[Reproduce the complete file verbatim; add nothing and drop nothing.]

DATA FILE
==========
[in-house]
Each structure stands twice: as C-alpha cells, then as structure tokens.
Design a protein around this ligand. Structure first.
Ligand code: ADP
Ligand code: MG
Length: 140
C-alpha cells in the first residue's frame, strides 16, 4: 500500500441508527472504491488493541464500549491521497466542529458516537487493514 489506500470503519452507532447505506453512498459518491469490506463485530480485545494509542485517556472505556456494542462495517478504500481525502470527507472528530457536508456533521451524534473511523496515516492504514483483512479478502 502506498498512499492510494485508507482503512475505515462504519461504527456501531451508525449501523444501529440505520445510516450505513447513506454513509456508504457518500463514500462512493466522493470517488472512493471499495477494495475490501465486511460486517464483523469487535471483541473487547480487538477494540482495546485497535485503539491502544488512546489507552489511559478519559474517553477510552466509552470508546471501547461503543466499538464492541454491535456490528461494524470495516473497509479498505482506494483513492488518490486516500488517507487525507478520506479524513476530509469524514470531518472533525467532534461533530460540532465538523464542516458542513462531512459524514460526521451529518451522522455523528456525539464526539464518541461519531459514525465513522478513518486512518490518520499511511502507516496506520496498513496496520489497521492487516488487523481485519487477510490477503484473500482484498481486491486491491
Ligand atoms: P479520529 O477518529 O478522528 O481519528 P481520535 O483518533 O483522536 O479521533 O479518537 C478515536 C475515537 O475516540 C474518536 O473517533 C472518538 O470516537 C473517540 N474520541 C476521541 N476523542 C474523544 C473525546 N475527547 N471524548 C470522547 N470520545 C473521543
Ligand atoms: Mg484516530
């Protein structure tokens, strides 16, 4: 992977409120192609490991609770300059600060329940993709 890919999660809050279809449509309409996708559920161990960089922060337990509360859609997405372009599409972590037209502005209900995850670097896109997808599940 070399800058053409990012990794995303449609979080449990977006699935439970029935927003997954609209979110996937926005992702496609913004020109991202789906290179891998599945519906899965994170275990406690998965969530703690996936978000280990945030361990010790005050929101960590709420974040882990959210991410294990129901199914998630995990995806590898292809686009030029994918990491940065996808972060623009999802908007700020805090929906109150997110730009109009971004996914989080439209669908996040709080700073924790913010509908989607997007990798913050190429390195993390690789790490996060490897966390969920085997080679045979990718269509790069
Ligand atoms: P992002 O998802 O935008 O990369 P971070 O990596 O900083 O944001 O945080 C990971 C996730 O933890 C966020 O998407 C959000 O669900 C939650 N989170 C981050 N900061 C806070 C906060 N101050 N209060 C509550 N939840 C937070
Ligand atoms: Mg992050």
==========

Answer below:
[in-house]
Each structure stands twice: as C-alpha cells, then as structure tokens.
Design a protein around this ligand. Structure first.
Ligand code: ADP
Ligand code: MG
Length: 140
C-alpha cells in the first residue's frame, strides 16, 4: 500500500441508527472504491488493541464500549491521497466542529458516537487493514 489506500470503519452507532447505506453512498459518491469490506463485530480485545494509542485517556472505556456494542462495517478504500481525502470527507472528530457536508456533521451524534473511523496515516492504514483483512479478502 502506498498512499492510494485508507482503512475505515462504519461504527456501531451508525449501523444501529440505520445510516450505513447513506454513509456508504457518500463514500462512493466522493470517488472512493471499495477494495475490501465486511460486517464483523469487535471483541473487547480487538477494540482495546485497535485503539491502544488512546489507552489511559478519559474517553477510552466509552470508546471501547461503543466499538464492541454491535456490528461494524470495516473497509479498505482506494483513492488518490486516500488517507487525507478520506479524513476530509469524514470531518472533525467532534461533530460540532465538523464542516458542513462531512459524514460526521451529518451522522455523528456525539464526539464518541461519531459514525465513522478513518486512518490518520499511511502507516496506520496498513496496520489497521492487516488487523481485519487477510490477503484473500482484498481486491486491491
Ligand atoms: P479520529 O477518529 O478522528 O481519528 P481520535 O483518533 O483522536 O479521533 O479518537 C478515536 C475515537 O475516540 C474518536 O473517533 C472518538 O470516537 C473517540 N474520541 C476521541 N476523542 C474523544 C473525546 N475527547 N471524548 C470522547 N470520545 C473521543
Ligand atoms: Mg484516530
């Protein structure tokens, strides 16, 4: 992977409120192609490991609770300059600060329940993709 890919999660809050279809449509309409996708559920161990960089922060337990509360859609997405372009599409972590037209502005209900995850670097896109997808599940 070399800058053409990012990794995303449609979080449990977006699935439970029935927003997954609209979110996937926005992702496609913004020109991202789906290179891998599945519906899965994170275990406690998965969530703690996936978000280990945030361990010790005050929101960590709420974040882990959210991410294990129901199914998630995990995806590898292809686009030029994918990491940065996808972060623009999802908007700020805090929906109150997110730009109009971004996914989080439209669908996040709080700073924790913010509908989607997007990798913050190429390195993390690789790490996060490897966390969920085997080679045979990718269509790069
Ligand atoms: P992002 O998802 O935008 O990369 P971070 O990596 O900083 O944001 O945080 C990971 C996730 O933890 C966020 O998407 C959000 O669900 C939650 N989170 C981050 N900061 C806070 C906060 N101050 N209060 C509550 N939840 C937070
Ligand atoms: Mg992050």